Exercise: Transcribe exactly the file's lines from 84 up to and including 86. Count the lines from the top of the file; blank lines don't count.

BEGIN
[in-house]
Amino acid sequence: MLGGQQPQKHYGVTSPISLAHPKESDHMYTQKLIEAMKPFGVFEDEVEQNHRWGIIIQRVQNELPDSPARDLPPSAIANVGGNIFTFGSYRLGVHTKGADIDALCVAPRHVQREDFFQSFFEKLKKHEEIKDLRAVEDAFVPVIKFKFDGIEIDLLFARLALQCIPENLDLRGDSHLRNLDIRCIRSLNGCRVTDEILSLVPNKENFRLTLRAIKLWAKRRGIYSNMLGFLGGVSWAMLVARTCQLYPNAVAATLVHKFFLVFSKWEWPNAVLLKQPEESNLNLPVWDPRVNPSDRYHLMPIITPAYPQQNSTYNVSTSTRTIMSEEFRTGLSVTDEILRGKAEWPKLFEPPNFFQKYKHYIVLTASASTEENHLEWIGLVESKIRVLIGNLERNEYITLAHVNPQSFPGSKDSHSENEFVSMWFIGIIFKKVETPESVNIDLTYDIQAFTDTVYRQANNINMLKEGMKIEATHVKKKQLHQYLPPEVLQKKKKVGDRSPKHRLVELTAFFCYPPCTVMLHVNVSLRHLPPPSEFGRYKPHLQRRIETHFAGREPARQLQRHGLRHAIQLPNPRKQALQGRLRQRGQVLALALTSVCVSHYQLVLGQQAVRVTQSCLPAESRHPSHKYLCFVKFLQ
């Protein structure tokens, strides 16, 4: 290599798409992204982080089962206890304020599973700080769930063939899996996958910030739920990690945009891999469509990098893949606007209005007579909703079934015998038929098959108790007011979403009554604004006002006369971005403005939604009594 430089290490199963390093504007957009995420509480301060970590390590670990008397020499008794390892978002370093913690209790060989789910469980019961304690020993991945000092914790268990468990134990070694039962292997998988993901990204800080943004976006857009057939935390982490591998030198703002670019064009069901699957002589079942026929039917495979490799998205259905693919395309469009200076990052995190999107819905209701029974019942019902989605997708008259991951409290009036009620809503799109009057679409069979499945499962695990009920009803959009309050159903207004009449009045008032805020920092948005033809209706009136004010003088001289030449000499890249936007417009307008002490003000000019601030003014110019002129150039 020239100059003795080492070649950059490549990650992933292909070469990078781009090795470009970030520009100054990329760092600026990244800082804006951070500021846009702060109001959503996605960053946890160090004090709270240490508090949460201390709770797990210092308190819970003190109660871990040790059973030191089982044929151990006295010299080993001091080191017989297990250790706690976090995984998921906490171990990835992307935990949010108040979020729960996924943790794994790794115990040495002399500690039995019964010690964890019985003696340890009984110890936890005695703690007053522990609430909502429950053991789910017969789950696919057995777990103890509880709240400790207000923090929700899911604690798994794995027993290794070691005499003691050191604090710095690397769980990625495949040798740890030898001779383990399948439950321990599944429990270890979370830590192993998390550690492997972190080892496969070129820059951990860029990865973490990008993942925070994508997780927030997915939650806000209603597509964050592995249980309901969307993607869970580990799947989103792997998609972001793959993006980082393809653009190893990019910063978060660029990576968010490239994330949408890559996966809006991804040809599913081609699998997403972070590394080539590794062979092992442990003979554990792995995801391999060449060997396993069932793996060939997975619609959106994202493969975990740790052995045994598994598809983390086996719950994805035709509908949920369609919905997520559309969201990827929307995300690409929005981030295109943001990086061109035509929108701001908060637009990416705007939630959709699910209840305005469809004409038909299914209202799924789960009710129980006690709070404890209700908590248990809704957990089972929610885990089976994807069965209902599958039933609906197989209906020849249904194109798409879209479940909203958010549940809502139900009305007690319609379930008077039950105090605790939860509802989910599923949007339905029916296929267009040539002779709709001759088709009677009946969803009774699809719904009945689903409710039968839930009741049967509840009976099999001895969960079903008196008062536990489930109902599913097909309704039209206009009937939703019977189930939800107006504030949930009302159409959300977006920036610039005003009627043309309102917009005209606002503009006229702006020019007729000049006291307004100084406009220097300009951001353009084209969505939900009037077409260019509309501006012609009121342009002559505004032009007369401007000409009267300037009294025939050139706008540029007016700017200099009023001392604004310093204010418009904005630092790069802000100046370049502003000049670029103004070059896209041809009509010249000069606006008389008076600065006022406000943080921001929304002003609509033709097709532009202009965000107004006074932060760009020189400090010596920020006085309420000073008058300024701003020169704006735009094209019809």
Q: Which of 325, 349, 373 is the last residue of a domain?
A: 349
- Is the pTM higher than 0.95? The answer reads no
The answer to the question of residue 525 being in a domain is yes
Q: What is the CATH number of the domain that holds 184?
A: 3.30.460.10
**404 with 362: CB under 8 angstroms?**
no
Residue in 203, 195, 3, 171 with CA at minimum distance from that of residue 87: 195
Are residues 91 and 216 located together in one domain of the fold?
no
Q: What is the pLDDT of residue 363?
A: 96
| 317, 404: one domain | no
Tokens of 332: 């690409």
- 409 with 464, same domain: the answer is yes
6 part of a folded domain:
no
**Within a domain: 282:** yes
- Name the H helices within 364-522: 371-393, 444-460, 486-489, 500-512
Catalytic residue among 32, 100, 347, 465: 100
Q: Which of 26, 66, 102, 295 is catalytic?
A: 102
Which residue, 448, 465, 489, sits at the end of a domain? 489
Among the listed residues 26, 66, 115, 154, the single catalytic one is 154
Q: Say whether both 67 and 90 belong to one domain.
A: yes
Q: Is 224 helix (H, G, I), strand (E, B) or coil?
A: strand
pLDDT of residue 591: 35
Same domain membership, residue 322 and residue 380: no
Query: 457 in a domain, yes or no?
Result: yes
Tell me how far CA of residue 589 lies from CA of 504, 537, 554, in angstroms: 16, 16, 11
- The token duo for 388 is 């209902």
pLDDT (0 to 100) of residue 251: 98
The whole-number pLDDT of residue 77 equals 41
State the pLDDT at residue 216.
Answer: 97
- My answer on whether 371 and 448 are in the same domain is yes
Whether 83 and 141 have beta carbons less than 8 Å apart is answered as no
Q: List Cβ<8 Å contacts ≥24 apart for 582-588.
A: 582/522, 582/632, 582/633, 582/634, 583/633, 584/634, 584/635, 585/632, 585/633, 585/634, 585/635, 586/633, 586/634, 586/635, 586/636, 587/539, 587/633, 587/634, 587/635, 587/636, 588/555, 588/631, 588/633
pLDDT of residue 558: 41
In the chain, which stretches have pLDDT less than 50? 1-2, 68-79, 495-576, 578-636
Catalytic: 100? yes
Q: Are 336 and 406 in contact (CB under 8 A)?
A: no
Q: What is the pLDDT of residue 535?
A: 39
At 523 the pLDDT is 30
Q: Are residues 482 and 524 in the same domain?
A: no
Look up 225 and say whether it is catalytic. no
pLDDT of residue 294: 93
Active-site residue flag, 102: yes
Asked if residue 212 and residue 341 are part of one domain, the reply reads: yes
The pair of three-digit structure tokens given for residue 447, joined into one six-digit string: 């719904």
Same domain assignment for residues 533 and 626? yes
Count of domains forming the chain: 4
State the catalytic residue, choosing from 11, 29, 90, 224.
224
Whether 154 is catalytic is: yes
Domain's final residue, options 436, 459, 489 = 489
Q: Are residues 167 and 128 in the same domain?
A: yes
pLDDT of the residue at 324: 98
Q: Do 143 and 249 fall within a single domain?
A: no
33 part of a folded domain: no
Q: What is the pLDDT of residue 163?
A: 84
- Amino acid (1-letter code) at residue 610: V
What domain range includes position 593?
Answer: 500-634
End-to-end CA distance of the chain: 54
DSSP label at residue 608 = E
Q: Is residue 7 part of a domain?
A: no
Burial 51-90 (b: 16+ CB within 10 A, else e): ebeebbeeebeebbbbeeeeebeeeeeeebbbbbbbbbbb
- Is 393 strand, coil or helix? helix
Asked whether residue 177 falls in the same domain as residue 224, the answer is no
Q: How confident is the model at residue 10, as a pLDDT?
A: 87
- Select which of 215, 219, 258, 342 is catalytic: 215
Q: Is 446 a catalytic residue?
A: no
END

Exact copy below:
- Is 393 strand, coil or helix? helix
Asked whether residue 177 falls in the same domain as residue 224, the answer is no
Q: How confident is the model at residue 10, as a pLDDT?